Pakistani women spend the majority of their lives confined and trapped to the courtyards of their homes, and only leave for serious or approved reasons. There are no recreational spaces in public for women (outside of the home) and it is rare to see a public space that is accommodating to women.

It’s also uncommon – even a taboo – for women to be seen driving, and Plan International estimated that less than 5% of women own a driver’s license. Even in wealthier parts of cities like Karachi and Islamabad, it is still rare for women to face no restrictions on their mobility.

Cultural stereotypes of masculinity can be defined as various qualities and attributes associated with or expected of men. Women stereotypically embody family honour, while men are made responsible for it; this translates into a need to control and dominate, stemming from toxic-masculinity, directly feeding into an uptick of violent gender-based crimes.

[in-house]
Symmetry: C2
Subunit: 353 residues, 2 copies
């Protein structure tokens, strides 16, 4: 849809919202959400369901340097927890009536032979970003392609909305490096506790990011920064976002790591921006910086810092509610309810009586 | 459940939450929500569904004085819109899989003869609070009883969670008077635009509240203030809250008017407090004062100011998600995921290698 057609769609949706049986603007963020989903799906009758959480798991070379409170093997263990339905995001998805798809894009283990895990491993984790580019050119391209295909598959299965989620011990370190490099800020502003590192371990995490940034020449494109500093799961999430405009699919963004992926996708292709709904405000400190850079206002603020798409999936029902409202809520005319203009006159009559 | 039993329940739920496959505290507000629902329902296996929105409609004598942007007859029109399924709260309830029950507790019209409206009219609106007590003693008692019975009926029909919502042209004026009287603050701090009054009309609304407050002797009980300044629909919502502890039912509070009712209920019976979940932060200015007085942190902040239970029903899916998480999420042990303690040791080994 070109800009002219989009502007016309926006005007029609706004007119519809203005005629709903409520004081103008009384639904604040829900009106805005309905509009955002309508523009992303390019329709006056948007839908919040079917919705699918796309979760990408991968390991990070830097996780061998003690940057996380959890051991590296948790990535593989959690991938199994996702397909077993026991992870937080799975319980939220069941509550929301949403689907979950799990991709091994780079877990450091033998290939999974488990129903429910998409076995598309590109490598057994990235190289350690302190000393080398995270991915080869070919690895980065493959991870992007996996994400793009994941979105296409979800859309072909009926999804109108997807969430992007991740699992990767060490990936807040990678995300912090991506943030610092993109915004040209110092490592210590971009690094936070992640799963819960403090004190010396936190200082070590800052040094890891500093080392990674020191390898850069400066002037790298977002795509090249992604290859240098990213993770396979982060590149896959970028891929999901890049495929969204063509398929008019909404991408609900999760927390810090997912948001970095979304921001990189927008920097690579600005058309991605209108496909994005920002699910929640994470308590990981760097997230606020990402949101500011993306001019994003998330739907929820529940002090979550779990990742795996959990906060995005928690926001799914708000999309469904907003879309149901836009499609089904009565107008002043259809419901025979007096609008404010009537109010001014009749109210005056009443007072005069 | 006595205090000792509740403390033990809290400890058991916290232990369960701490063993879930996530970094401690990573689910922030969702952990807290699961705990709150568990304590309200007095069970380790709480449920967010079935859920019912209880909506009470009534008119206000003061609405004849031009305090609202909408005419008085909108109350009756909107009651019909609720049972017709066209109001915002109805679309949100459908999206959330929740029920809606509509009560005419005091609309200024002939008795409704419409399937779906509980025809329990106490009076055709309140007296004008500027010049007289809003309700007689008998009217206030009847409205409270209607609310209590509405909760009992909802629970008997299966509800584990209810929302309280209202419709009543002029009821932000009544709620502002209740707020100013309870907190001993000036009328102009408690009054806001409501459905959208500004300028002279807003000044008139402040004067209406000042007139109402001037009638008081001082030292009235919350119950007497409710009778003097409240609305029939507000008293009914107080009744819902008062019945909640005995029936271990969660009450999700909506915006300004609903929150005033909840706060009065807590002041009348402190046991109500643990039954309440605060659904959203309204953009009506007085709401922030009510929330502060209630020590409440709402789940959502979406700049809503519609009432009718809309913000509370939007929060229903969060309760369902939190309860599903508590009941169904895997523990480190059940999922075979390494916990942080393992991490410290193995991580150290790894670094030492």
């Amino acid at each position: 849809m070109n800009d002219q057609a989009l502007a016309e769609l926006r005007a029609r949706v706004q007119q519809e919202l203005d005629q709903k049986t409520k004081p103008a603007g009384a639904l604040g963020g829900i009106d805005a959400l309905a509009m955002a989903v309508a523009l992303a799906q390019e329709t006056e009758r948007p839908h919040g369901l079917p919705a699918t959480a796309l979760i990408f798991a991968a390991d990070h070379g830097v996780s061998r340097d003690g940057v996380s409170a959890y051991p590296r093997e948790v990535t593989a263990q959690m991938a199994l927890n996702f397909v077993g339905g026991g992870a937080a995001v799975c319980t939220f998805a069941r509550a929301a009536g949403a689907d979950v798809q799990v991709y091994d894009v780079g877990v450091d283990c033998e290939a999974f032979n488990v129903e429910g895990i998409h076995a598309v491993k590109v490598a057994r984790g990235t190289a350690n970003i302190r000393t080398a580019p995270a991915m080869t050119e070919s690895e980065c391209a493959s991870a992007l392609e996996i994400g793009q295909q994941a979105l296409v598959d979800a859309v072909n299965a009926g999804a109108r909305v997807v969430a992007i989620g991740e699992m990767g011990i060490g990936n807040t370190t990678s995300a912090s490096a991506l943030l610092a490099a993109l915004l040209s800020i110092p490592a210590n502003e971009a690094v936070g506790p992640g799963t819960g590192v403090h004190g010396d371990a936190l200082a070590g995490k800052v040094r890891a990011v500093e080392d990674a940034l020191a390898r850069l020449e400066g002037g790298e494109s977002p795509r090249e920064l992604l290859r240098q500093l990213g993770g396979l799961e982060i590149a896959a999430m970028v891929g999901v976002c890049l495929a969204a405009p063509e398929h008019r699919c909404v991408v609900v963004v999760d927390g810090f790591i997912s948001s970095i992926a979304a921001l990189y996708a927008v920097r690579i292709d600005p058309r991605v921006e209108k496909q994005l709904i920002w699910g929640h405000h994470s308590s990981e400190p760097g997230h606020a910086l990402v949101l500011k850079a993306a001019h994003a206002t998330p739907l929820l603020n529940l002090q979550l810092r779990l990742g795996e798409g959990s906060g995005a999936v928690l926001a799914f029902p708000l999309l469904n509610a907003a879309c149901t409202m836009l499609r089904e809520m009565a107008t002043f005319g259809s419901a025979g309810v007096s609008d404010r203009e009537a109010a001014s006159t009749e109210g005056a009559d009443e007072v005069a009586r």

“This whole issue of so-called honour where a women’s body embodies the family honour and the men are made responsible, results in their need to control every aspect of a women’s body and life,” says Fatimah, an Aurat March protester.

Pakistani activists estimate that there are about 1,000 so-called “honour” killings every year.

“We know how to fight for our rights, and we will keep fighting until our rights are given to us.”